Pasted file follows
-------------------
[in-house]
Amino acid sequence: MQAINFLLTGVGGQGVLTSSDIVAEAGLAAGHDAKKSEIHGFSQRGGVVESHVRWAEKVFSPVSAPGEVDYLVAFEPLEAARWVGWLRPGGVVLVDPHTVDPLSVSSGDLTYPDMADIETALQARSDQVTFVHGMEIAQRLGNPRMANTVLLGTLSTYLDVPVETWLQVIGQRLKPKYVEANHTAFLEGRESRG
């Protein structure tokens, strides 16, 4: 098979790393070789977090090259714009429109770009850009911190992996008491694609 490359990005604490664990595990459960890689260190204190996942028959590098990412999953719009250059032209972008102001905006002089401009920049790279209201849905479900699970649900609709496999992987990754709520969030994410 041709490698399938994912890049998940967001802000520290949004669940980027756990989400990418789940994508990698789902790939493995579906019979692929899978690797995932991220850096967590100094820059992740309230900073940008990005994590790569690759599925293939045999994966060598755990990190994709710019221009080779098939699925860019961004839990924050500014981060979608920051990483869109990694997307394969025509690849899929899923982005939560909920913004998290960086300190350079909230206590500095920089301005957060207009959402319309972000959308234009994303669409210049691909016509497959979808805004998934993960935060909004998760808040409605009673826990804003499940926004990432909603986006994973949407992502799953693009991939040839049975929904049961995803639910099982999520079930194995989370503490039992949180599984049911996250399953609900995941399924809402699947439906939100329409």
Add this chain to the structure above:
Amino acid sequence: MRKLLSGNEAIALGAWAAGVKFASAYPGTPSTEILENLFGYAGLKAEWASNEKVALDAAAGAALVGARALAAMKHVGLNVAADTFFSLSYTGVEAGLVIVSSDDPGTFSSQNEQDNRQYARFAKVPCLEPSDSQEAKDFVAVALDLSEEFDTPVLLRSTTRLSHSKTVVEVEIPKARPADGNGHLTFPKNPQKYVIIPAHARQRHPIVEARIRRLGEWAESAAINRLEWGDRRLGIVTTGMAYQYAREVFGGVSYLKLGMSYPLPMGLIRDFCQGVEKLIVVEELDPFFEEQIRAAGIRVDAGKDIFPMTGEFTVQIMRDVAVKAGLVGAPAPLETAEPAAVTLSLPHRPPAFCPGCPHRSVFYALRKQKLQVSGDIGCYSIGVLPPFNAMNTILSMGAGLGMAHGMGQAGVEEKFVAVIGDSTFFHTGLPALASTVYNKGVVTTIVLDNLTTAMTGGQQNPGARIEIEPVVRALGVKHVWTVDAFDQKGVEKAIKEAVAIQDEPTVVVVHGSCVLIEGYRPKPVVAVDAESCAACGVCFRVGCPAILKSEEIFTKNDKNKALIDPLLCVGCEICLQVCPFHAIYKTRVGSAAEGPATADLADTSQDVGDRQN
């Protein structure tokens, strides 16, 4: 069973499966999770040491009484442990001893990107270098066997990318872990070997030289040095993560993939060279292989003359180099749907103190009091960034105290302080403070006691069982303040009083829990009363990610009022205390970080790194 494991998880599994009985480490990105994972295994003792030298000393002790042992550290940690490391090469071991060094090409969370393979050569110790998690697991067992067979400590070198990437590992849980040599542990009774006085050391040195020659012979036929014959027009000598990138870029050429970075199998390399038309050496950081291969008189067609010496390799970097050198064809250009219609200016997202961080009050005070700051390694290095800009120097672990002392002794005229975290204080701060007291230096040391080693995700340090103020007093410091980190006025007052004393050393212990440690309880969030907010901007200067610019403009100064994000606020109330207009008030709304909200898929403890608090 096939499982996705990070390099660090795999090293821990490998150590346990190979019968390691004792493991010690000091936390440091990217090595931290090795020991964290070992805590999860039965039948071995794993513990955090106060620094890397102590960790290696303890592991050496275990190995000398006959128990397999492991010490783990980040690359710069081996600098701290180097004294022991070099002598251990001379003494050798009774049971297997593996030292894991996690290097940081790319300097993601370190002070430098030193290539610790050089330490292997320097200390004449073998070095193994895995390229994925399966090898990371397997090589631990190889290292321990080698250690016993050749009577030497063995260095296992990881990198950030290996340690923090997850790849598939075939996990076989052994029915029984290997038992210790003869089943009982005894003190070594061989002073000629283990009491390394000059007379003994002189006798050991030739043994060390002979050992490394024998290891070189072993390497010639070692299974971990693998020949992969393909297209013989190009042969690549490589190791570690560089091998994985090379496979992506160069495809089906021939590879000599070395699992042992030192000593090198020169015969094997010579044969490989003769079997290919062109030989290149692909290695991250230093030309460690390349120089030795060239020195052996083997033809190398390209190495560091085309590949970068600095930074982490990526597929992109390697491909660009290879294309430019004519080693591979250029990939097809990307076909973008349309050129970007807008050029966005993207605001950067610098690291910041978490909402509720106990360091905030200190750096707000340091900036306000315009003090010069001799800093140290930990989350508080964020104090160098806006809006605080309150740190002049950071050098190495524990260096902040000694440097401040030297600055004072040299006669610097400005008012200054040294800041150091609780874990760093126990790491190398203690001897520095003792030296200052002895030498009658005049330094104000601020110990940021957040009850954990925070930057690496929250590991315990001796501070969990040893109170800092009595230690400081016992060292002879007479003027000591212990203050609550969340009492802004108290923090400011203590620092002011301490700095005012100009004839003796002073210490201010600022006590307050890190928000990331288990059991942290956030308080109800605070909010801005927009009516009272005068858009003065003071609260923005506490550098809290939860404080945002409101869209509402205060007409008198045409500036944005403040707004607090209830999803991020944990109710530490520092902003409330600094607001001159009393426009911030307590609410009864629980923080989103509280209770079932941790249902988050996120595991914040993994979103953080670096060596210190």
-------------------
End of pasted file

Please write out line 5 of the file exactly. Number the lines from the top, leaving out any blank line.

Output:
Amino acid sequence: MRKLLSGNEAIALGAWAAGVKFASAYPGTPSTEILENLFGYAGLKAEWASNEKVALDAAAGAALVGARALAAMKHVGLNVAADTFFSLSYTGVEAGLVIVSSDDPGTFSSQNEQDNRQYARFAKVPCLEPSDSQEAKDFVAVALDLSEEFDTPVLLRSTTRLSHSKTVVEVEIPKARPADGNGHLTFPKNPQKYVIIPAHARQRHPIVEARIRRLGEWAESAAINRLEWGDRRLGIVTTGMAYQYAREVFGGVSYLKLGMSYPLPMGLIRDFCQGVEKLIVVEELDPFFEEQIRAAGIRVDAGKDIFPMTGEFTVQIMRDVAVKAGLVGAPAPLETAEPAAVTLSLPHRPPAFCPGCPHRSVFYALRKQKLQVSGDIGCYSIGVLPPFNAMNTILSMGAGLGMAHGMGQAGVEEKFVAVIGDSTFFHTGLPALASTVYNKGVVTTIVLDNLTTAMTGGQQNPGARIEIEPVVRALGVKHVWTVDAFDQKGVEKAIKEAVAIQDEPTVVVVHGSCVLIEGYRPKPVVAVDAESCAACGVCFRVGCPAILKSEEIFTKNDKNKALIDPLLCVGCEICLQVCPFHAIYKTRVGSAAEGPATADLADTSQDVGDRQN